The diagnosis of cancer can turn your life upside down in a matter of minutes.

It is a life-altering experience that can be a cause for a lot of stress on the individual who received the diagnosis, as well as family members and caretakers. There are many things to think about when the diagnosis is made, including whether or not you’ll need to continue working throughout your treatment.

Holistic therapies can aid in the reduction of stress and ease the side effects of treatment if having to work while going through cancer.

Having cancer does not necessarily mean that you will have to stop working. Most likely you will need time off for appointments, treatments or extra rest. You might decide to work as much as possible or take a leave of absence and return when you feel up to it. Or you might have to continue to work for financial reasons and/or health insurance benefits.

One benefit of working while going through cancer is that going to work can help you feel more normal.

If you decide to continue working, it could take some adjusting. Your body might respond differently to normal activities when you have cancer or are going through treatment. You might feel tired, more stressed, have pain or difficulty thinking or remembering things.

Something to consider during this trying time are the benefits of integrative health. Integrative health is the unity of conventional and holistic medicine. It is a healing-oriented model that considers the whole person — body, mind, spirit and lifestyle. It uses all appropriate therapies, both conventional and alternative, and focuses on the needs, values and well-being of the person.

Here are some holistic measures to help reduce stress and side effects of treatment:

• Conserve energy. Take short breaks as needed throughout your workday to keep your energy up.

• Be mindful of your innermost desires and acclimate optimism into your daily thoughts. Take time for yourself to reflect, soul search and nourish the soul. A positive mental attitude during this trying time can help heal the body and reduce stress.

• Consider meditation practices. Meditation clears space in your head. Apps such as Insight Timer and Headspace are great places to start.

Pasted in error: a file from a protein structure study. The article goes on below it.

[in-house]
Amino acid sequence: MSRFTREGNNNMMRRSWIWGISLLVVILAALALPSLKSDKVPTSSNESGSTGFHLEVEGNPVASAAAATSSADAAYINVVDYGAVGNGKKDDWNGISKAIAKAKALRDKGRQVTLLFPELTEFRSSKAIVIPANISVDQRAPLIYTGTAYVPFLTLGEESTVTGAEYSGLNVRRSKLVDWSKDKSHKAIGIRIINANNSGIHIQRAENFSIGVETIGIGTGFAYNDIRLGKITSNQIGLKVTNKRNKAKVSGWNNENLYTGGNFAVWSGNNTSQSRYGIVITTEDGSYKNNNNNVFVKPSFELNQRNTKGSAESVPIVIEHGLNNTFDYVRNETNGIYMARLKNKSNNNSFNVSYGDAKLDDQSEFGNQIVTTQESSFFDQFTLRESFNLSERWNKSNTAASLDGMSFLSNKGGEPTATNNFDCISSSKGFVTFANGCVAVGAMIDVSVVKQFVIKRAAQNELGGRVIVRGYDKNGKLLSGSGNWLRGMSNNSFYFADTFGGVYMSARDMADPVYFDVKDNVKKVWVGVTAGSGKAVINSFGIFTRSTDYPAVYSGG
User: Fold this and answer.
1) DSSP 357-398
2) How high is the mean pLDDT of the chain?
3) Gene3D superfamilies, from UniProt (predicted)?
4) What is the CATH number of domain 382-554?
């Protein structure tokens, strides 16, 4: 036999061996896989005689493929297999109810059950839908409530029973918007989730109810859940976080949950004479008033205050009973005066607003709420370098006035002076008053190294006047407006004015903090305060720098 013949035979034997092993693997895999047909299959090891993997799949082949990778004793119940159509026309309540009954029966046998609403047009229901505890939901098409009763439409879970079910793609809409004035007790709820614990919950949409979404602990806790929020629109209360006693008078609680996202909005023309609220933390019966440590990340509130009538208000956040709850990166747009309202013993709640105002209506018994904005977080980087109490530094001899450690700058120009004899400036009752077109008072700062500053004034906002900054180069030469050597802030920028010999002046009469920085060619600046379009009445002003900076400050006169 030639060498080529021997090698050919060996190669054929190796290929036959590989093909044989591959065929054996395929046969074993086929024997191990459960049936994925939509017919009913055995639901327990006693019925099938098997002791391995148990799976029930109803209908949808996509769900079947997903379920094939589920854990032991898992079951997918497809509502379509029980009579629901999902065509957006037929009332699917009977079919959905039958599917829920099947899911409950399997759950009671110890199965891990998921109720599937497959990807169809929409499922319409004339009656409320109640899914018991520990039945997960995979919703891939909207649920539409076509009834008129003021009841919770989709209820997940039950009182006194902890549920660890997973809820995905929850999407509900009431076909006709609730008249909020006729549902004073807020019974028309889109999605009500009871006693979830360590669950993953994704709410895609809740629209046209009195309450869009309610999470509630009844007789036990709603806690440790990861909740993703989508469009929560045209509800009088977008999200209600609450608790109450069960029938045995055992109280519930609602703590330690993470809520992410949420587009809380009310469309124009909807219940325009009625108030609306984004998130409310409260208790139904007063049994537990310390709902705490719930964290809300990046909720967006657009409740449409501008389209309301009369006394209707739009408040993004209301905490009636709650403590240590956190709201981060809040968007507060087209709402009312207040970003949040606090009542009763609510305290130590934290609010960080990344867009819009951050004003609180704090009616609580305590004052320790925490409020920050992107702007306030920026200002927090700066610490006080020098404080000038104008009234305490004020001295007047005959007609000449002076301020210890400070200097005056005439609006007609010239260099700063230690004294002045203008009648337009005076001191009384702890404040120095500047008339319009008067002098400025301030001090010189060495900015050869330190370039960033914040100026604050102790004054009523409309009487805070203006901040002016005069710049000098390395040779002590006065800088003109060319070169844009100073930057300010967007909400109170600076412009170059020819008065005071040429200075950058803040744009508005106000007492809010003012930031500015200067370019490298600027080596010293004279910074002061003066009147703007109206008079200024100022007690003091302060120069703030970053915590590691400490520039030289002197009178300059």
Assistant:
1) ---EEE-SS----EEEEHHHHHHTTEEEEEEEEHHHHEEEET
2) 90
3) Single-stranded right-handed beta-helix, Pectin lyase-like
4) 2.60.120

• Use reminder lists and alarms to remember your meetings or tasks. Write a list of tasks that need to be completed for the day. A daily planner, Post-it Notes or use of a smartphone might be helpful tools. Set alarms to help remind you of the tasks that need to be accomplished.

• Be open and honest about your situation. Talk with your manager about any concerns. Share your feelings and concerns with your family members and health care team.

• Fuel your body with good nutrition. This will help to provide optimal energy throughout the day. A dietitian with experience in oncology nutrition can help you develop a plan.

• Consider using essential oils. Aromatherapy can help ease anxiety, pain and nausea symptoms. A clinical aromatherapist can help guide you on which essential oils would be beneficial.

It is important to know your rights. Side effects of cancer treatment are considered disabilities under the American Disabilities Act. Your employer must provide reasonable accommodations according to the American Society of Clinical Oncology. These can include:

• Giving you breaks to take medication, see a doctor or rest.

• Having you do a job that fits your new hours or abilities better.

• Giving you access to counseling through an employee assistance program.

Please remember, you are not in this alone. We live in a wonderful community where people care and want to help in any way they can. Seek out services offered by the community. There are many support groups and valuable resources available to help you and your loved ones through this healing journey.

Jessica Kennedy, BSN, RN, CHC, CMSRN, Jessica is a nurse at MercyOne Dubuque Medical Center.